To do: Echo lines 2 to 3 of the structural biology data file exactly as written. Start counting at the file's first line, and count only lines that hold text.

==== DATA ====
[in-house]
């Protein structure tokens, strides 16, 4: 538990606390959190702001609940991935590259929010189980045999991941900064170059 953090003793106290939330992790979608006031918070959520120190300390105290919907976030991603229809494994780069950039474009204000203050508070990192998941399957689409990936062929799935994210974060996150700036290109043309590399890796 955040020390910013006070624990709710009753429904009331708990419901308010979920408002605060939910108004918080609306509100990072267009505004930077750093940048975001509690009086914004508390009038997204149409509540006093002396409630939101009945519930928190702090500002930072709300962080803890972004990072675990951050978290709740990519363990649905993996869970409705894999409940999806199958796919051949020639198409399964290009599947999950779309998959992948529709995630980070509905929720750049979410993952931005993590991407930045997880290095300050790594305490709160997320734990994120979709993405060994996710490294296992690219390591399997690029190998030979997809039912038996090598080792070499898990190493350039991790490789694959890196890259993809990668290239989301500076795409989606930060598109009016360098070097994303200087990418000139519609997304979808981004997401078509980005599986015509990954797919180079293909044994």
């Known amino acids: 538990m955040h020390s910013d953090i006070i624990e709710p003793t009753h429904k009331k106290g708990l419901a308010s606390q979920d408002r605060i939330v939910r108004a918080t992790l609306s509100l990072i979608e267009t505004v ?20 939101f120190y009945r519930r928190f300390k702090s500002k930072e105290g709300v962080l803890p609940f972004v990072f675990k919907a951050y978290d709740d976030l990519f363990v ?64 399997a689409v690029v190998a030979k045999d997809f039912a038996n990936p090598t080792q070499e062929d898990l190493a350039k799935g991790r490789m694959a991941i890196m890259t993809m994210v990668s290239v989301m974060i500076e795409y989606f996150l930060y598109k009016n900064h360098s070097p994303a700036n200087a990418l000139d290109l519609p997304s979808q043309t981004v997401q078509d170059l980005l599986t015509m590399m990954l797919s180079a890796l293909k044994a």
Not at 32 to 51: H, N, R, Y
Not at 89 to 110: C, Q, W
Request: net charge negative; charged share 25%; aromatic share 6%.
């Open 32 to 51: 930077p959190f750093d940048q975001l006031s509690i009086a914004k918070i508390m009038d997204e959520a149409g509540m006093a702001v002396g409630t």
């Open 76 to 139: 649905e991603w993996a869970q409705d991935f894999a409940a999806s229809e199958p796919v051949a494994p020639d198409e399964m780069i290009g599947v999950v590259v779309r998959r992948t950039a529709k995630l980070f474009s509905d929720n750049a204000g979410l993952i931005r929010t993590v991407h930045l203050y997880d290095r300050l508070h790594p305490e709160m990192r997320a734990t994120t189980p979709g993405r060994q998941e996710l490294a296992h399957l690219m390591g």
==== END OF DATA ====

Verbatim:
């Protein structure tokens, strides 16, 4: 538990606390959190702001609940991935590259929010189980045999991941900064170059 953090003793106290939330992790979608006031918070959520120190300390105290919907976030991603229809494994780069950039474009204000203050508070990192998941399957689409990936062929799935994210974060996150700036290109043309590399890796 955040020390910013006070624990709710009753429904009331708990419901308010979920408002605060939910108004918080609306509100990072267009505004930077750093940048975001509690009086914004508390009038997204149409509540006093002396409630939101009945519930928190702090500002930072709300962080803890972004990072675990951050978290709740990519363990649905993996869970409705894999409940999806199958796919051949020639198409399964290009599947999950779309998959992948529709995630980070509905929720750049979410993952931005993590991407930045997880290095300050790594305490709160997320734990994120979709993405060994996710490294296992690219390591399997690029190998030979997809039912038996090598080792070499898990190493350039991790490789694959890196890259993809990668290239989301500076795409989606930060598109009016360098070097994303200087990418000139519609997304979808981004997401078509980005599986015509990954797919180079293909044994």
């Known amino acids: 538990m955040h020390s910013d953090i006070i624990e709710p003793t009753h429904k009331k106290g708990l419901a308010s606390q979920d408002r605060i939330v939910r108004a918080t992790l609306s509100l990072i979608e267009t505004v ?20 939101f120190y009945r519930r928190f300390k702090s500002k930072e105290g709300v962080l803890p609940f972004v990072f675990k919907a951050y978290d709740d976030l990519f363990v ?64 399997a689409v690029v190998a030979k045999d997809f039912a038996n990936p090598t080792q070499e062929d898990l190493a350039k799935g991790r490789m694959a991941i890196m890259t993809m994210v990668s290239v989301m974060i500076e795409y989606f996150l930060y598109k009016n900064h360098s070097p994303a700036n200087a990418l000139d290109l519609p997304s979808q043309t981004v997401q078509d170059l980005l599986t015509m590399m990954l797919s180079a890796l293909k044994a």